Language and the Geo-Politics of (dis)Location: A Study of Zimbabwean Shona and Ndebele Speakers in Johannesburg

Wednesday, July 16, 2014: 8:45 AM
Room: 315
Oral Presentation
Lloyd HILL , Department of Sociology and Social Anthropology, University of Stellenbosch, Stellenbosch, South Africa
Gugulethu SIZIBA , University of Stellenbosch, Stellenbosch, South Africa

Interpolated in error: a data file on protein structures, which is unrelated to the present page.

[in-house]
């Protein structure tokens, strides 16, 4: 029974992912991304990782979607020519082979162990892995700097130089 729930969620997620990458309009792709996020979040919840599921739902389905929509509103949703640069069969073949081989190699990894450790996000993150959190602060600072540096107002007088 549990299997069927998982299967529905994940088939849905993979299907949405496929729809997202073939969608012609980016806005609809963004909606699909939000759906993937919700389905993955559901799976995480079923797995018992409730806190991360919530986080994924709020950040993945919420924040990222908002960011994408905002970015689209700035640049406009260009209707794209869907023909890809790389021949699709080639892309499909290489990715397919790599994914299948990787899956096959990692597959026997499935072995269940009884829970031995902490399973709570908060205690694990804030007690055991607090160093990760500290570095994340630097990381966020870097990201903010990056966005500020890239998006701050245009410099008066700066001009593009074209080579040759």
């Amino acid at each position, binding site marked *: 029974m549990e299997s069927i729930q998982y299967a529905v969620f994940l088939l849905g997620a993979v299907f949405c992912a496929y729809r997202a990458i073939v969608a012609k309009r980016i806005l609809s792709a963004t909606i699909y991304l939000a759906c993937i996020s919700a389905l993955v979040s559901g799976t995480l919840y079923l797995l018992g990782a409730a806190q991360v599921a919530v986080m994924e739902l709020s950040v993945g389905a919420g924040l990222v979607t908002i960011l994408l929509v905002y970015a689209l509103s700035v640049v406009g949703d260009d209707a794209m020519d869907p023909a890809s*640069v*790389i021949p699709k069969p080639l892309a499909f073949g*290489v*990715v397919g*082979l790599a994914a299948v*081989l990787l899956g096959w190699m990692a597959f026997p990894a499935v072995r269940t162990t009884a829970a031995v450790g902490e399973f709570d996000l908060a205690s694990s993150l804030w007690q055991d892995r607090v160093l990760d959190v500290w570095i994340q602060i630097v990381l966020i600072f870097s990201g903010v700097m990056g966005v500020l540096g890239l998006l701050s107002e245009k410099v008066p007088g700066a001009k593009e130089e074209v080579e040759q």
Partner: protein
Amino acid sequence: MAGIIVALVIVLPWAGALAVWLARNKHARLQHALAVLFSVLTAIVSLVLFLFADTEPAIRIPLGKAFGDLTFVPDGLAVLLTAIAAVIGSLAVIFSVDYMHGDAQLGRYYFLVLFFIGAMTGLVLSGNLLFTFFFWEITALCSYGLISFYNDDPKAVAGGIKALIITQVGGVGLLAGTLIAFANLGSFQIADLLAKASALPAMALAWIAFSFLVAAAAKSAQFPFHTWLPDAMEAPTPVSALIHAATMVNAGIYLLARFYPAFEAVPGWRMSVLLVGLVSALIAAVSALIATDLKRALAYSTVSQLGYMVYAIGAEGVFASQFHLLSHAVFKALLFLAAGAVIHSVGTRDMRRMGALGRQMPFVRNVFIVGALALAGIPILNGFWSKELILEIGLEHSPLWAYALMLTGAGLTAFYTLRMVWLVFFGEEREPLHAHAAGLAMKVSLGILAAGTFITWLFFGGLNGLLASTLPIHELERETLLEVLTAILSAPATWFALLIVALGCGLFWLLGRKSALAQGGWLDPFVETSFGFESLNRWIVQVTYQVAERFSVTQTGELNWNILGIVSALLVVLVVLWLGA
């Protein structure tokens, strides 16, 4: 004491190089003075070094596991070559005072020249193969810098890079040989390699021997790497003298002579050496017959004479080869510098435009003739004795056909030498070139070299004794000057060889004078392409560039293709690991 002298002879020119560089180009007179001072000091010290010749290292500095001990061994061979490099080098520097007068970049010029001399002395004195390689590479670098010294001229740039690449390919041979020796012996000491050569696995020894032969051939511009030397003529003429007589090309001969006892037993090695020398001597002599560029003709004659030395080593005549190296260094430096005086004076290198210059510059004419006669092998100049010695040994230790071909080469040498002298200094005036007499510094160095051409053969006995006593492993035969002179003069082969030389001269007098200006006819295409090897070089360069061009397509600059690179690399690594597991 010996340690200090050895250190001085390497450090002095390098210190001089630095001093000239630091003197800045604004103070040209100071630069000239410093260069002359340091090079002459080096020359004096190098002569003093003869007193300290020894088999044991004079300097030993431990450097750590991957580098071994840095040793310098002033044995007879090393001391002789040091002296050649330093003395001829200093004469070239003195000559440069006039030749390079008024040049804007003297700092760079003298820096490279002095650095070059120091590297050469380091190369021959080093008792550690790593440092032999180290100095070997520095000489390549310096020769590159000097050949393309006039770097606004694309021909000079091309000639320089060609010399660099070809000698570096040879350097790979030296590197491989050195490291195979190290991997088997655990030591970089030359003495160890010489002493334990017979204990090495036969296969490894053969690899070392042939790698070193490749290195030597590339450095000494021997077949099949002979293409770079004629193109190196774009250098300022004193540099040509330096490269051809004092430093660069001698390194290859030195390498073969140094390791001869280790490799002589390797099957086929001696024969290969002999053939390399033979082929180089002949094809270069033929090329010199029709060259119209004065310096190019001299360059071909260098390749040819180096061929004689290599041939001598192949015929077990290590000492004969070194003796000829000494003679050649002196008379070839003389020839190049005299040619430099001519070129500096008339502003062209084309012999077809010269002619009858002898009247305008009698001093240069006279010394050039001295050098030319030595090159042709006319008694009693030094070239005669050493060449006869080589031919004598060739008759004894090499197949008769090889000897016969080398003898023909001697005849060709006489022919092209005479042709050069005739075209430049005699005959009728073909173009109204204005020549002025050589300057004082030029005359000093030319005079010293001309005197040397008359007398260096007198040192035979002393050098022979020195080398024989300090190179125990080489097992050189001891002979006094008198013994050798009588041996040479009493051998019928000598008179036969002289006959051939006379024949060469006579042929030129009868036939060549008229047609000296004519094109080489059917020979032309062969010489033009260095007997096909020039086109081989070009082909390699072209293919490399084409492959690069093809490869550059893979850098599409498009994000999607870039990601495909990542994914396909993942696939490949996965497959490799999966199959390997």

This paper explores the language repertoires and survival strategies of Zimbabwean migrants in Johannesburg.  In the aftermath of the May 2008 attacks – now widely termed ‘xenophobic attacks’ – the status of African migrants in South Africa has been the subject of much critical discussion.  By virtue of a multifaceted crisis in their country, Zimbabwean Shona and Ndebele speakers have a particularly marked presence in South Africa. In this paper we explore the geo-politics of ‘otherization’ within in the metropolitan boundaries of the “City of Johannesburg.” We begin with a GIS-based study of speakers designated “other” in the 2011 census; focusing particular attention on the distribution of foreign others at neighbourhood (sub-place) level. This section provides the backdrop to a more focused study of Zimbabwean migrants, drawing on ethnographic research conducted in five neighbourhoods. Using Bourdieu’s “economy of social practice” as an analytical framework, we show how each neighbourhood is a social universe of struggle that is inscribed with its own internal logic and relational matrix of recognition, and how language repertoires are adapted to fit these matrices. We discuss these patterns critically, and relate them to the wider “field of power”, a complex sociolinguistic economy that belies the post-1996 Constitutional enshrinement of eleven official languages.